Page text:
In ancient Greece and Rome an ambiguous relationship developed between man and nature, and this decisively determined the manner in which they treated the environment. On the one hand, nature was conceived as a space characterized and inhabited by divine powers, which deserved appropriate respect. On the other, a rationalist view emerged, according to which humans were to subdue nature using their technologies and to dispose of its resources. This book systematically describes the ways in which the Greeks and Romans intervened in the environment and thus traces the history of the tension between the exploitation of resources and the protection of nature, from early Greece to the period of late antiquity. At the same time it analyses the comprehensive opening up of the Mediterranean and the northern frontier regions, both for settlement and for economic activity. The book's level and approach make it highly accessible to students and non-specialists.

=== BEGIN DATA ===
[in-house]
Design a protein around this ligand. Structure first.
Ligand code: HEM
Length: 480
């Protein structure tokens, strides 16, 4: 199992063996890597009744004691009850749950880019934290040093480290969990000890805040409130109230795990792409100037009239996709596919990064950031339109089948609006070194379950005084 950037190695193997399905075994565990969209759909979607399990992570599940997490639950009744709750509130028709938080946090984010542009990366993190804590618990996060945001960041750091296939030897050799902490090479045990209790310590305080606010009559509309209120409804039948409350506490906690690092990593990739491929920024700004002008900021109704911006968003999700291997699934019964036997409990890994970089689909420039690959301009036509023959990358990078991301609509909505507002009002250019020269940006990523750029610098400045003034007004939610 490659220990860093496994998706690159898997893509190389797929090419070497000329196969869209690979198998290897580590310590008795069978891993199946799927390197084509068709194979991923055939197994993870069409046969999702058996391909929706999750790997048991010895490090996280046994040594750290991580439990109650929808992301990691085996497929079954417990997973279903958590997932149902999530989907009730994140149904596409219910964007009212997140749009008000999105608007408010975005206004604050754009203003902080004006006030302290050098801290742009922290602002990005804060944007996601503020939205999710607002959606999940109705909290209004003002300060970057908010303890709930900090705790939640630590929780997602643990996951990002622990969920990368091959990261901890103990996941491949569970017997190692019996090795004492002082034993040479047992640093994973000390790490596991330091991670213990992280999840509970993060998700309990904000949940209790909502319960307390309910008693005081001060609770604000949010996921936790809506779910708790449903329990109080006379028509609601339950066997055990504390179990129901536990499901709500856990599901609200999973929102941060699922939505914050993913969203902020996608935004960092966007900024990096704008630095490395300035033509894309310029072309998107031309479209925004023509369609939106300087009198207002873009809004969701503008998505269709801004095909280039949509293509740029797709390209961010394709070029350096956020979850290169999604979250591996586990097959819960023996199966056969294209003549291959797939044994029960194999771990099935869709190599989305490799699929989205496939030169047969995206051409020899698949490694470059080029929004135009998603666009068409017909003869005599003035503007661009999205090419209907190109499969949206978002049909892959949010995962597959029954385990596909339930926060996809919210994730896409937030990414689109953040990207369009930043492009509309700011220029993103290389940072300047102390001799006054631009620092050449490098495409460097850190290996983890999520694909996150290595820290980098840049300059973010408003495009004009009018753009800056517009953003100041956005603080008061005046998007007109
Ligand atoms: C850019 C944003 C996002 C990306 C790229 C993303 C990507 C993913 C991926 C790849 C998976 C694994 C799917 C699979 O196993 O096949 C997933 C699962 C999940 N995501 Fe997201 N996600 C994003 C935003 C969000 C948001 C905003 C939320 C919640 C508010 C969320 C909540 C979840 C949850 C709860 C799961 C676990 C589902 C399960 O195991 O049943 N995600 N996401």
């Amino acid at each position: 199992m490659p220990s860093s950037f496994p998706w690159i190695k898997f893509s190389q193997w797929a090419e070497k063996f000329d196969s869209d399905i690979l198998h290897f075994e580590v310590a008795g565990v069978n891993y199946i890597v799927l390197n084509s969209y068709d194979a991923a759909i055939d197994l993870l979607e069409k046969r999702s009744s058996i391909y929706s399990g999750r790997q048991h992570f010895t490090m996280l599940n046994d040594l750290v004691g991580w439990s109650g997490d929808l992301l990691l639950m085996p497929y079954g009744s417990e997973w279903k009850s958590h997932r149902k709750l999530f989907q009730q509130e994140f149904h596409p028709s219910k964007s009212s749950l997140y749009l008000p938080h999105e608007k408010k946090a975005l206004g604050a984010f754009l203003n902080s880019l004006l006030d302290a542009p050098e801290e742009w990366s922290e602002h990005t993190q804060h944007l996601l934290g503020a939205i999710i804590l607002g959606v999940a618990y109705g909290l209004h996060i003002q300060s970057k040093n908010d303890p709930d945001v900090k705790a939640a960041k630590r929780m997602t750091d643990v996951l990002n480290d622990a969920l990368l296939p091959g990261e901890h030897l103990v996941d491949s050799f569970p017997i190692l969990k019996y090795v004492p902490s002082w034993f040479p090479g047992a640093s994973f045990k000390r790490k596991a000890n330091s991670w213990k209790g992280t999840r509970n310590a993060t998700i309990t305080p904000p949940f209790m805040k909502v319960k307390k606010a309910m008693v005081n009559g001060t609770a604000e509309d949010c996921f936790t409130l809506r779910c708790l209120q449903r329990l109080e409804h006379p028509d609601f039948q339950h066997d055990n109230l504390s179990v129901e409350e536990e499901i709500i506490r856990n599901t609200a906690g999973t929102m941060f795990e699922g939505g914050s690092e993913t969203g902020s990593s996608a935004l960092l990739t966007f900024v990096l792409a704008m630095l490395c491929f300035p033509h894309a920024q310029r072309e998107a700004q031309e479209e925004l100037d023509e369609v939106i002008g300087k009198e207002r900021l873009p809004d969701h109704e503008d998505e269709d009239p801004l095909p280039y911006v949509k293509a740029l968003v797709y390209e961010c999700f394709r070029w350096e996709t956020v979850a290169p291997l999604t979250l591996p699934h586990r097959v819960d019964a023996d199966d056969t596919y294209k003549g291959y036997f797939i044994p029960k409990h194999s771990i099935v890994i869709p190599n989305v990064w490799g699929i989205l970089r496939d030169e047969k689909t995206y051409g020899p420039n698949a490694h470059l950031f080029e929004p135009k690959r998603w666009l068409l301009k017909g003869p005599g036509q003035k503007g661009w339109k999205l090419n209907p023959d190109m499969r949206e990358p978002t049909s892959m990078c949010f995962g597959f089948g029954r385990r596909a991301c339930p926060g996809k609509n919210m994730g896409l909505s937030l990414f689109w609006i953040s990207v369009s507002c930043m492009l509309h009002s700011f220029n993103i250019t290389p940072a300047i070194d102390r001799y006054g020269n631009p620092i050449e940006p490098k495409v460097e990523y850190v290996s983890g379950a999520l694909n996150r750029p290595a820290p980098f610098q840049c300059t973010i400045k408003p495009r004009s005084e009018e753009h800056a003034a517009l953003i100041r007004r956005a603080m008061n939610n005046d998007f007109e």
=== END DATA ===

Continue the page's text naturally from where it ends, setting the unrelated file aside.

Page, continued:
Lukas Thommen is a Professor in the Historical Institute at the University of Zurich and is also a member of the Sosipolis International Institute of Ancient Hellenic History in Greece.
Introduction; Part I. Greece: 1. The geographic space; 2. People and nature; 3. Agriculture; 4. Forests and timber; 5. Gardens; 6. Animals; 7. Food; 8. Fire and water; 9. Earthquakes and volcanoes; 10. Mining; Part II. Rome: 11. The geographic space; 12. People and nature; 13. Agriculture; 14. Forests and timber; 15. Gardens; 16. Animals; 17. Food; 18. Fire and water; 19. Earthquakes and volcanoes; 20. Mining; 21. Urban problems and rural villa construction; 22. The environment in Roman Britain; Conclusion.